Fifty years ago there were perch in the water, small fish that strike impulsively, put up a fight, and have lots of bones to work around at the dinner table. We ate them fried in a blanket of corn meal along with cornbread, black eyed peas and Texas toast fixed by Grandma. In the creek, we kids waded in undershorts seining for minnows to use as bait. For city kids, the creek and the ranch were a place to look forward to visiting when school shut down for the summer.
The water today is dark, opaque, ten foot deep in the middle. It’s surface is a mirror reflecting trees on the other side of the bank. Like so much of nature, you can feel a lot more beneath the surface than you can see.
Growing up, I had no idea I would be fishing the creek when I got old.
He circles his target, turns himself into a projectile by tucking his wings to his body,and disappears head first into the surf. When he comes back to the water’s surface, he shakes his wings and recomposes, a fish struggling in his enormous beak.
Not long after, a fisherman wades into the pelican’s same fishing hole, net in hand, and the pelican takes off like a seaplane from an Alaskan lake.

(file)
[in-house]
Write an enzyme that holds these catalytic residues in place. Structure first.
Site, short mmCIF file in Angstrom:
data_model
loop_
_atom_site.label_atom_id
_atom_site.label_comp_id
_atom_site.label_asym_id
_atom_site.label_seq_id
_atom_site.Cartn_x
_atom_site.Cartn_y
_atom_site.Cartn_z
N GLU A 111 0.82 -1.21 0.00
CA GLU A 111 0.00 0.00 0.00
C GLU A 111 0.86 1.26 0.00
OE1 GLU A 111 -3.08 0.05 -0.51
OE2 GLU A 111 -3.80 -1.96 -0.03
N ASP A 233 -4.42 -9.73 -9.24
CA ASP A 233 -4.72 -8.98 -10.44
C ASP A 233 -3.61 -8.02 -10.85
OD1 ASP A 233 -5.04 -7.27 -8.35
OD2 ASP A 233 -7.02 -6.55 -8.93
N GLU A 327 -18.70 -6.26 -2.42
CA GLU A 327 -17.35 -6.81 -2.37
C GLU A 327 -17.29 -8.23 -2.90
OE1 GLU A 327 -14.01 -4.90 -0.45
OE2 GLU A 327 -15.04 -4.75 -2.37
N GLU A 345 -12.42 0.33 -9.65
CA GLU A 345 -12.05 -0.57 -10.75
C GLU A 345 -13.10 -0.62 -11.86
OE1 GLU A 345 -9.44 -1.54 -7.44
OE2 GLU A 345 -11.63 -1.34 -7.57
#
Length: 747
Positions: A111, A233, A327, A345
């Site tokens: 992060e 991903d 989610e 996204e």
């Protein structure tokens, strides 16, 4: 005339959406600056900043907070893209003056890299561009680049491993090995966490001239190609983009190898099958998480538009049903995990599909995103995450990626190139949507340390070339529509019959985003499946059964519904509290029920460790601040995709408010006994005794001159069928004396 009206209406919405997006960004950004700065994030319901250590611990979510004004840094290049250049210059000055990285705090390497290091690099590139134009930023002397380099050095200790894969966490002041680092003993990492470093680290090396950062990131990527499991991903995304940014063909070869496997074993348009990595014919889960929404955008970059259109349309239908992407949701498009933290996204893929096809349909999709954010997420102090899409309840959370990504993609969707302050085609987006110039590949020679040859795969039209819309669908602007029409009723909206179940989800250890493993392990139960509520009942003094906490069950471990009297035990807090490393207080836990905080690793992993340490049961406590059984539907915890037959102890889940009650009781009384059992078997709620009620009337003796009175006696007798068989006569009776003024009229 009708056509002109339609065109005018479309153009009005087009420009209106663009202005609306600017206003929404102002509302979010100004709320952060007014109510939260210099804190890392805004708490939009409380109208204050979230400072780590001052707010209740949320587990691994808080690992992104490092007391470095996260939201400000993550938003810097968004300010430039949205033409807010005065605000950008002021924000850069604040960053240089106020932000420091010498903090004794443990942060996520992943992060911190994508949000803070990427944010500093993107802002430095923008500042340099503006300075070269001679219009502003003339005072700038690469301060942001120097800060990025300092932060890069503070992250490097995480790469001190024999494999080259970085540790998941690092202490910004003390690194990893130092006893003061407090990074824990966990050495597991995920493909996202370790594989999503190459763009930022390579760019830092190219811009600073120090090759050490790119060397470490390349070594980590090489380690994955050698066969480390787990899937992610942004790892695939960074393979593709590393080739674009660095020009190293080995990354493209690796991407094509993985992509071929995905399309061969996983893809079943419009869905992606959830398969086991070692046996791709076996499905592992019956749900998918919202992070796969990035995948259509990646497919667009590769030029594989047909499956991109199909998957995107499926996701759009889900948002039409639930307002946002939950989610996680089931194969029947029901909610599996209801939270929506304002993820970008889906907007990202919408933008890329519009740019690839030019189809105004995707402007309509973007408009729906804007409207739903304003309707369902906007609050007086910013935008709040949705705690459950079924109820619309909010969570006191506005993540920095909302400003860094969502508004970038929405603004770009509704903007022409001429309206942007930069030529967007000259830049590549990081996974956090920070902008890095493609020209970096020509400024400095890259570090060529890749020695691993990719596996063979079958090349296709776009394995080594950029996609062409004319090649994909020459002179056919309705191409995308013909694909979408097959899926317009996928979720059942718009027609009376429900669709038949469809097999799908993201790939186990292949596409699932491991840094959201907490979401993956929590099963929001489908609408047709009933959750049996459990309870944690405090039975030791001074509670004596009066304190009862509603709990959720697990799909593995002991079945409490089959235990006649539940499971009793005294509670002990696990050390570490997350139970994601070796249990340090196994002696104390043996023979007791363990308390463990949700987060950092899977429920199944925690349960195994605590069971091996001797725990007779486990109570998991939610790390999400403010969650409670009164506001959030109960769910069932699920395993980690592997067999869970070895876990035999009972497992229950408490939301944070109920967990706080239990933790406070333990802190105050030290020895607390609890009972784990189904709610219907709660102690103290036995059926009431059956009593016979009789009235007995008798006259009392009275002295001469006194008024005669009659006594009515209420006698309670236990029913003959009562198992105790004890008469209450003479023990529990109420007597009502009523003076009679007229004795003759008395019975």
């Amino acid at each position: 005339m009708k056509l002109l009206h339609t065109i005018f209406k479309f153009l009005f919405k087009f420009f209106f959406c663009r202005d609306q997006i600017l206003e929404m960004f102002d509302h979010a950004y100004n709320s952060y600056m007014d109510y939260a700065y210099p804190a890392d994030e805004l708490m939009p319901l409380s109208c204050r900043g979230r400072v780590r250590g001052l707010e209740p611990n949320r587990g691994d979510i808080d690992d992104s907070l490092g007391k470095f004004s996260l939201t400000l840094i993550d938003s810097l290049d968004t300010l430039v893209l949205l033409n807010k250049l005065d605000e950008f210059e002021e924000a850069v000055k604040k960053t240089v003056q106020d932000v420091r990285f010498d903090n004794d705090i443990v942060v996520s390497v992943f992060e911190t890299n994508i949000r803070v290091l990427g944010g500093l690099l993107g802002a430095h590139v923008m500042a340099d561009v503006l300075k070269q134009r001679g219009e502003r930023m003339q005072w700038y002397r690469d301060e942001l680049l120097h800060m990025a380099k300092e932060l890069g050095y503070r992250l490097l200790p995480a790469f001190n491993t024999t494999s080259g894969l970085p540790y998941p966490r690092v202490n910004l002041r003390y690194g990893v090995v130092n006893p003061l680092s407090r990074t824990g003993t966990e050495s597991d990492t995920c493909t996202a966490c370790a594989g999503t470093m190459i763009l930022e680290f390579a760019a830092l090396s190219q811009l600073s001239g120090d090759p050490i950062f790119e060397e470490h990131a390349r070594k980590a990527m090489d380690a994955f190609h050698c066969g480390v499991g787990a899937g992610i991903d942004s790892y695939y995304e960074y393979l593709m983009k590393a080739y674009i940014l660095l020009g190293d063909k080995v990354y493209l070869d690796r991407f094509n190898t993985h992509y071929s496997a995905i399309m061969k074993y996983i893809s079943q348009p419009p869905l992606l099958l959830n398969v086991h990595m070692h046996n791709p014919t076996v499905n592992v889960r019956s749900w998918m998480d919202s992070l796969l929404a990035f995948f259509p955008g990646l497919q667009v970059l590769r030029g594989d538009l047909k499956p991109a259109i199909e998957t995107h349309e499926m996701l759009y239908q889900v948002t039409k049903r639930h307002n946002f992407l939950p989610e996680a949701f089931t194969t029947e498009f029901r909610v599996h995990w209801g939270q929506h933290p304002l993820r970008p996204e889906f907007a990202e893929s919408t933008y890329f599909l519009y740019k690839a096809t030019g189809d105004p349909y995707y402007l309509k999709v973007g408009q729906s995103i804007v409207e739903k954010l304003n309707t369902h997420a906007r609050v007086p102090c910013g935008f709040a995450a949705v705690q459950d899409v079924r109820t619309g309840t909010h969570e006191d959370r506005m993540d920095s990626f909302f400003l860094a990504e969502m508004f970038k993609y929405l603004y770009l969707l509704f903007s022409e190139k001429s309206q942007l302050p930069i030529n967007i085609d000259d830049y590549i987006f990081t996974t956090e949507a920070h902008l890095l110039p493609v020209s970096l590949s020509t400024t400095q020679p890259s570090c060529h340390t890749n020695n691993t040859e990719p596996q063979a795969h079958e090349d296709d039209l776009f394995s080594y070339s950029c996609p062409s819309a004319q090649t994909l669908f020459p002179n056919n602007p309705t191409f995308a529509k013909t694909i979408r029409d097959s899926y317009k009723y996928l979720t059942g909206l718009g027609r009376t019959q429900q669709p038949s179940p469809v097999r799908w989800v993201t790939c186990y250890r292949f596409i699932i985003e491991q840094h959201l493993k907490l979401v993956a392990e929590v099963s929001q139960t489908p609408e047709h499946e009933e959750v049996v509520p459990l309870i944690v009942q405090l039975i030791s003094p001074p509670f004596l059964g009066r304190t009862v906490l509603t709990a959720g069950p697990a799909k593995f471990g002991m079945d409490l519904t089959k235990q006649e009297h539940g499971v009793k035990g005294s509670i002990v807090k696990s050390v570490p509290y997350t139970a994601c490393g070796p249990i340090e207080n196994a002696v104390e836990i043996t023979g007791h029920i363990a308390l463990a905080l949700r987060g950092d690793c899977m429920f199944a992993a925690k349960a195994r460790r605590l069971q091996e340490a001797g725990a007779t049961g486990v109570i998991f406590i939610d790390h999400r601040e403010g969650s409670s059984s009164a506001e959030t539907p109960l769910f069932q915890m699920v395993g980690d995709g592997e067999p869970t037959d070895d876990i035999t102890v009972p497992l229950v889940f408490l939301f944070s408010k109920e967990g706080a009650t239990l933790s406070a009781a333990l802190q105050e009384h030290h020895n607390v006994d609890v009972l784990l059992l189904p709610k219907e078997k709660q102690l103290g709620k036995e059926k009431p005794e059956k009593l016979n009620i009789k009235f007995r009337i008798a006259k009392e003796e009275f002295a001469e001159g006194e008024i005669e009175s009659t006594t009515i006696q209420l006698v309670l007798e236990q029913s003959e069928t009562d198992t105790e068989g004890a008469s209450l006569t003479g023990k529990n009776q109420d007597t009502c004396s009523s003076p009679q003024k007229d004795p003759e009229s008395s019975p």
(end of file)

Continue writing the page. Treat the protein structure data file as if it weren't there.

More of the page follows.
The fisherman moves slowly, studies the waves, the light, the wind.
Positioning himself, he casts his handheld net with both hands,lets his net fall to the bottom, then draws it back towards him with a rope line, hand over hand. When he drags his net onto the beach it holds silvery fish twisting in the bright sunlight.
He and his friend transfer fish from the net into a plastic bag, then lift up and climb back on their bicycles and pedal home, the net draped over a bike’s handle bars to drip dry.
If you live simply, how much of the day needs to be used up working?
What is so important to us that we work sixty hours a week?